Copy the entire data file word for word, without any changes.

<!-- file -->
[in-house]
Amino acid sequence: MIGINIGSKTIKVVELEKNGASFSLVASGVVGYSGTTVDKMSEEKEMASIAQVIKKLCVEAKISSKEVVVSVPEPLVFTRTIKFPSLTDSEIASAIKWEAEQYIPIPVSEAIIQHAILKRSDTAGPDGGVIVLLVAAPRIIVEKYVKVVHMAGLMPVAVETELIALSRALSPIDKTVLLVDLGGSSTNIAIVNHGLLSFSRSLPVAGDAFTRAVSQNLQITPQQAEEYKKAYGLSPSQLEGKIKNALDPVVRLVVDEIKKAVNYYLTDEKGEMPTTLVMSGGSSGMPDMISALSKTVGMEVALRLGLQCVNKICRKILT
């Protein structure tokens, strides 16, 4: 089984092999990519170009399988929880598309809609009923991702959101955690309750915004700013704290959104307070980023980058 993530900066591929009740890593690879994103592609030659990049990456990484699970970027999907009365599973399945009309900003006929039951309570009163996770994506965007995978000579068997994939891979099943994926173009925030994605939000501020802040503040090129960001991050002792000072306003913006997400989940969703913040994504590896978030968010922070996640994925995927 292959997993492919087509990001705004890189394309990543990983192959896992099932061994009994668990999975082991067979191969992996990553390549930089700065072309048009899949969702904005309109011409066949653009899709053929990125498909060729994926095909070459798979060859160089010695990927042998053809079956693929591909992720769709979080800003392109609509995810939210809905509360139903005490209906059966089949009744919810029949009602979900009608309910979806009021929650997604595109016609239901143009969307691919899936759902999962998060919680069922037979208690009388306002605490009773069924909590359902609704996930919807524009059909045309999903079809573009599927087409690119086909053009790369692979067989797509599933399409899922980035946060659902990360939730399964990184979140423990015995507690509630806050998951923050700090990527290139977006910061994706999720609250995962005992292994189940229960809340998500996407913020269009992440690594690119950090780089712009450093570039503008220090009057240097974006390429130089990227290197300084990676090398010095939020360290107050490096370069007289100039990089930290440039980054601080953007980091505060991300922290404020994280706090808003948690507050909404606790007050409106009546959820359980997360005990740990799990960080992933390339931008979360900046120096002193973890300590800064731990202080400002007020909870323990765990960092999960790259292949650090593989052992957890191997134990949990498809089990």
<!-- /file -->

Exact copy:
[in-house]
Amino acid sequence: MIGINIGSKTIKVVELEKNGASFSLVASGVVGYSGTTVDKMSEEKEMASIAQVIKKLCVEAKISSKEVVVSVPEPLVFTRTIKFPSLTDSEIASAIKWEAEQYIPIPVSEAIIQHAILKRSDTAGPDGGVIVLLVAAPRIIVEKYVKVVHMAGLMPVAVETELIALSRALSPIDKTVLLVDLGGSSTNIAIVNHGLLSFSRSLPVAGDAFTRAVSQNLQITPQQAEEYKKAYGLSPSQLEGKIKNALDPVVRLVVDEIKKAVNYYLTDEKGEMPTTLVMSGGSSGMPDMISALSKTVGMEVALRLGLQCVNKICRKILT
């Protein structure tokens, strides 16, 4: 089984092999990519170009399988929880598309809609009923991702959101955690309750915004700013704290959104307070980023980058 993530900066591929009740890593690879994103592609030659990049990456990484699970970027999907009365599973399945009309900003006929039951309570009163996770994506965007995978000579068997994939891979099943994926173009925030994605939000501020802040503040090129960001991050002792000072306003913006997400989940969703913040994504590896978030968010922070996640994925995927 292959997993492919087509990001705004890189394309990543990983192959896992099932061994009994668990999975082991067979191969992996990553390549930089700065072309048009899949969702904005309109011409066949653009899709053929990125498909060729994926095909070459798979060859160089010695990927042998053809079956693929591909992720769709979080800003392109609509995810939210809905509360139903005490209906059966089949009744919810029949009602979900009608309910979806009021929650997604595109016609239901143009969307691919899936759902999962998060919680069922037979208690009388306002605490009773069924909590359902609704996930919807524009059909045309999903079809573009599927087409690119086909053009790369692979067989797509599933399409899922980035946060659902990360939730399964990184979140423990015995507690509630806050998951923050700090990527290139977006910061994706999720609250995962005992292994189940229960809340998500996407913020269009992440690594690119950090780089712009450093570039503008220090009057240097974006390429130089990227290197300084990676090398010095939020360290107050490096370069007289100039990089930290440039980054601080953007980091505060991300922290404020994280706090808003948690507050909404606790007050409106009546959820359980997360005990740990799990960080992933390339931008979360900046120096002193973890300590800064731990202080400002007020909870323990765990960092999960790259292949650090593989052992957890191997134990949990498809089990």